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J Mol Biol. 2000 Sep 29;302(4):887-98.

Structure of a slow processing precursor penicillin acylase from Escherichia coli reveals the linker peptide blocking the active-site cleft.

Author information

1
Department of Chemistry, University of York, Heslington York, YO10 5DD, UK.

Abstract

Penicillin G acylase is a periplasmic protein, cytoplasmically expressed as a precursor polypeptide comprising a signal sequence, the A and B chains of the mature enzyme (209 and 557 residues respectively) joined by a spacer peptide of 54 amino acid residues. The wild-type AB heterodimer is produced by proteolytic removal of this spacer in the periplasm. The first step in processing is believed to be autocatalytic hydrolysis of the peptide bond between the C-terminal residue of the spacer and the active-site serine residue at the N terminus of the B chain. We have determined the crystal structure of a slowly processing precursor mutant (Thr263Gly) of penicillin G acylase from Escherichia coli, which reveals that the spacer peptide blocks the entrance to the active-site cleft consistent with an autocatalytic mechanism of maturation. In this mutant precursor there is, however, an unexpected cleavage at a site four residues from the active-site serine residue. Analyses of the stereochemistry of the 260-261 bond seen to be cleaved in this precursor structure and of the 263-264 peptide bond have suggested factors that may govern the autocatalytic mechanism.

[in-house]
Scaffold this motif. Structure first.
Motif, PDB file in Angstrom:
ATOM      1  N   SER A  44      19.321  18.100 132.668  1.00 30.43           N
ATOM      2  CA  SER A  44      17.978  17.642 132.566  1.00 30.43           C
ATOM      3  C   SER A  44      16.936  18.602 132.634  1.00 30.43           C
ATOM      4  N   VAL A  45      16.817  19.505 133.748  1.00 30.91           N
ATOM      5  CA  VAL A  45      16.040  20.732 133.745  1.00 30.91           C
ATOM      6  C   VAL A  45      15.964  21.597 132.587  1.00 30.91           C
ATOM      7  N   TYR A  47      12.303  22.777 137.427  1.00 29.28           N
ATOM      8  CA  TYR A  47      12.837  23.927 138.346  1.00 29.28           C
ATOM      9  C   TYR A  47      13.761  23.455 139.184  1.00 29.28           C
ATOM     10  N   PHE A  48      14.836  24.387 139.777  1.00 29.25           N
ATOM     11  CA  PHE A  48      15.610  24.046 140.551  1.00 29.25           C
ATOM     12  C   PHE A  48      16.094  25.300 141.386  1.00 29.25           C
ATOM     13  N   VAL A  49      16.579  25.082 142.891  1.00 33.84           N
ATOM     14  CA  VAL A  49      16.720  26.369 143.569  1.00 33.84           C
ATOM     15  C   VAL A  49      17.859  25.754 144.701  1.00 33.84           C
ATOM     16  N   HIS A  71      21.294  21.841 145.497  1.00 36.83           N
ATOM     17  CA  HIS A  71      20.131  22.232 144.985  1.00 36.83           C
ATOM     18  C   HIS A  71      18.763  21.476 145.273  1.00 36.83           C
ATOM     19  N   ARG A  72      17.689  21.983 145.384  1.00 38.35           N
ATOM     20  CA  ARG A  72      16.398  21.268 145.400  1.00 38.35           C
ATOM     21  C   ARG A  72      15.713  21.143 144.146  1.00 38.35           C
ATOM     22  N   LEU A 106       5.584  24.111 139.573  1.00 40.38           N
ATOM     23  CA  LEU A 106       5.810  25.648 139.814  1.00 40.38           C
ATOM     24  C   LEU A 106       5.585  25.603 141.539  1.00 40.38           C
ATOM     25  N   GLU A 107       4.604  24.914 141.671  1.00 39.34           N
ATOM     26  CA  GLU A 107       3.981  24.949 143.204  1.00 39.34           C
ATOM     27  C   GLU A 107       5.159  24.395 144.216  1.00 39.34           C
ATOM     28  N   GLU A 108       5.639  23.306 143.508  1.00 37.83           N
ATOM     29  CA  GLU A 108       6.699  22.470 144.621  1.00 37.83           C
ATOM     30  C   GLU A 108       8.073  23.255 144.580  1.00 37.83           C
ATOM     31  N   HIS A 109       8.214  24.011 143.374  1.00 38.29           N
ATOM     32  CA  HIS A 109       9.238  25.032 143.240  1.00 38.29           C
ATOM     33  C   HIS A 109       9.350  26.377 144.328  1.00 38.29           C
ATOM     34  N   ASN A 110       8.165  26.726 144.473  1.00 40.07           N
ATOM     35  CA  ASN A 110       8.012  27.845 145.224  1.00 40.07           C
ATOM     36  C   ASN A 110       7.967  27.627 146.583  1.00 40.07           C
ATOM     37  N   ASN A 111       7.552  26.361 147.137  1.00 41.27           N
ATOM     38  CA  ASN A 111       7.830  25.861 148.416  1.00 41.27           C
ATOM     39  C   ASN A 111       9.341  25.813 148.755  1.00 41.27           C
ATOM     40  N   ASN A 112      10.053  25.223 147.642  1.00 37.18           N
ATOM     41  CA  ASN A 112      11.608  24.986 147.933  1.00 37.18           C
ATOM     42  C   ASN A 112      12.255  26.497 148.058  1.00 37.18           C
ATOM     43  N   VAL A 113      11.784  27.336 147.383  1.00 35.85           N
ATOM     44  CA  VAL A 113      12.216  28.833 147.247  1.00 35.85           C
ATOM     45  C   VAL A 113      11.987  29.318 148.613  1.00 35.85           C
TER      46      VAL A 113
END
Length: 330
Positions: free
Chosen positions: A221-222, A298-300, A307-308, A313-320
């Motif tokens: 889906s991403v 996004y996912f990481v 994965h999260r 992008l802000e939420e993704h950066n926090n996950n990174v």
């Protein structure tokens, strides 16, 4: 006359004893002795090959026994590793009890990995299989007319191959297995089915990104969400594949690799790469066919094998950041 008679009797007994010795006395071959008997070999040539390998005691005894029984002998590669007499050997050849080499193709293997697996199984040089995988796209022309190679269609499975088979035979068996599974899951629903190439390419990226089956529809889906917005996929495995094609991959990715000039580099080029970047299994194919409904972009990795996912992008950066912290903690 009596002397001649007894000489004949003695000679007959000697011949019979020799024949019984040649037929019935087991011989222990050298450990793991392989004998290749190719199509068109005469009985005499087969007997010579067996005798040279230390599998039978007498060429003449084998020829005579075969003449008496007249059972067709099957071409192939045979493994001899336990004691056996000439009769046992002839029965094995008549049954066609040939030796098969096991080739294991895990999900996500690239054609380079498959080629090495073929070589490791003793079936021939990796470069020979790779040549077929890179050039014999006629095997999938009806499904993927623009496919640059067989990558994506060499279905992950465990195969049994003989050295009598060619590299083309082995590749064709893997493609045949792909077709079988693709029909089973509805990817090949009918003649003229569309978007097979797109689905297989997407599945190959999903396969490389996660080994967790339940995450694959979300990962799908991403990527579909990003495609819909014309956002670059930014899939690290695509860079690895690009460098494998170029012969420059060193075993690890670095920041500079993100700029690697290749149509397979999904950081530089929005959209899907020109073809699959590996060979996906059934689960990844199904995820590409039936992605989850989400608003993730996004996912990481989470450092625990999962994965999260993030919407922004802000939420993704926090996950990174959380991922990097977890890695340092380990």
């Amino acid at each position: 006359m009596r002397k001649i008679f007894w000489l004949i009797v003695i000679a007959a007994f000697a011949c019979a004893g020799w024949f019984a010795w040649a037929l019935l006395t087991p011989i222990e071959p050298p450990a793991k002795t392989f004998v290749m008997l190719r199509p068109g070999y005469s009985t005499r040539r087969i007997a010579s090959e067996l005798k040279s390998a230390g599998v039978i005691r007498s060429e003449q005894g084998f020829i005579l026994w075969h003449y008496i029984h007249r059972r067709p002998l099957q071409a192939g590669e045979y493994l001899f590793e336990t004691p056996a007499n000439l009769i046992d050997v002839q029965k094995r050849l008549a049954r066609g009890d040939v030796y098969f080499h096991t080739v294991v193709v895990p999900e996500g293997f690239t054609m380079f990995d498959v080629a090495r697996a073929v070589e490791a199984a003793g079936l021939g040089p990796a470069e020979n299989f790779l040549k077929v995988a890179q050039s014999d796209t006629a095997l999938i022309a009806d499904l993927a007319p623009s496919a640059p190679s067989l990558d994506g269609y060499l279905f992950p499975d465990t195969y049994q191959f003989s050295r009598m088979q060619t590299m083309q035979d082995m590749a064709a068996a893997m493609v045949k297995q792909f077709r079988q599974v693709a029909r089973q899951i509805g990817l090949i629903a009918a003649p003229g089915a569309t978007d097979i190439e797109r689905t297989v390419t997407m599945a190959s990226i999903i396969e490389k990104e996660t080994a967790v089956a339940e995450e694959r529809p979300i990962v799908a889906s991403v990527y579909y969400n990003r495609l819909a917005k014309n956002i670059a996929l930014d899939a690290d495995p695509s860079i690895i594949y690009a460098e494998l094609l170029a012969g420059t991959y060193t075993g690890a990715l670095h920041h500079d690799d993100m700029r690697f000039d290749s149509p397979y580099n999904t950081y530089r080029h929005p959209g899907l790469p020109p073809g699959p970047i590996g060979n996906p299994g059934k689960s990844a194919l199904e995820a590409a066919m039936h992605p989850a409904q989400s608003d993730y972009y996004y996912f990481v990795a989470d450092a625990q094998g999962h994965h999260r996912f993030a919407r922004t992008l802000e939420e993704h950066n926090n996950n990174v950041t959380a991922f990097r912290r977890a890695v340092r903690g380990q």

PMID:
10993730
DOI:
10.1006/jmbi.2000.4105
[Indexed for MEDLINE]

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